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topic 1687

Copper plating looks more like brass.


(1998)

I am experimenting with copper plating (sockets,wrenches,small tools.) A problem I have been having is some of my parts look more of a dark brass color than a shiny copper color. Could this be due to improper voltage or cleaning? Any suggestions would be very helpful.

Sam Clark

(1998)

I doubt that it is the cleaning, Sam. Are you using a proprietary copper plating bath, or just a home brew? If home brew, what is in it?

Ted Mooney, finishing.com Teds signature
Ted Mooney, P.E. RET
finishing.com
Pine Beach, New Jersey


(1998)

Mr. Mooney,

Regarding your response, it is a home brew.

Some of the small parts come out very good, a short time in the solution and it comes out looking like gold, but the larger pieces have been a disappointment to say the least.

Any insight to this problem would be a great help.

Sam Clark



--

Mr. Clark,

You can probably plate this onto nickel plated sockets and tools, but you can't satisfactorily electroplate copper onto steel with this solution. Copper sulfate "immersion deposits" onto steel, meaning that the adhesion will be almost non existent. Second, you have no organic addition agents to make things bright, and I think you will need them unless you are plating a thin layer on an already bright nickel plated surface.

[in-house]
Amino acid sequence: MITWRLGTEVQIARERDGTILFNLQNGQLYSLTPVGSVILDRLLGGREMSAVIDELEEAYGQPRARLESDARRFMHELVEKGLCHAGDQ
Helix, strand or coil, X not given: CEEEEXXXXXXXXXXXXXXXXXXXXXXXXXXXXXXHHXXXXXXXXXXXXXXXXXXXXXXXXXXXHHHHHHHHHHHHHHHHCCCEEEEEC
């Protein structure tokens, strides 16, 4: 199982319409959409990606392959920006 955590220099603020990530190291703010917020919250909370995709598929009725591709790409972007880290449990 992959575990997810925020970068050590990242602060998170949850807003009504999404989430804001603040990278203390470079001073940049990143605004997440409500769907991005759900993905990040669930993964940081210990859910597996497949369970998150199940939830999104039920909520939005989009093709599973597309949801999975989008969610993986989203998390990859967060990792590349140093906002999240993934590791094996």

If you must plate on steel, you might try purchasing a proprietary copper bath, probably based on copper pyrophosphate, because the only other choice is cyanide, and you have no business working with cyanide unless you've had hands-on training and are working in an industrial facility with adequate safeguards. Or, as previously mentioned restrict yourself to replating stuff that is already nickel plated. Good luck.

Ted Mooney, finishing.com
Teds signature
Ted Mooney, P.E. RET
finishing.com
Pine Beach, New Jersey


(1998)

Are there kits that would allow copper plating to be done safely? Also any good books on the process?

Doug Huycke



--

Yes, there are kits, Doug. If you look at our directory of suppliers you will find suppliers of kits; some such suppliers have 'Gold' in their name, rather than copper. Also, look for 'brush plating'. But as for whether they are safe, everything is relative.

My personal belief is that most people want to plate either as a science experiment, a hobby, or a business.

- If it's for a science experiment, poor plating is more of an education than good plating. Do it with mild kitchen chemicals like toothpaste, vinegar, epsom salts, lemon juice. Then study a bit to figure out why it wasn't better, and you'll learn all sorts of stuff. My son plated quarters with copper, and pennies with zinc for his 7th grade science project. The results were poor but he really learned something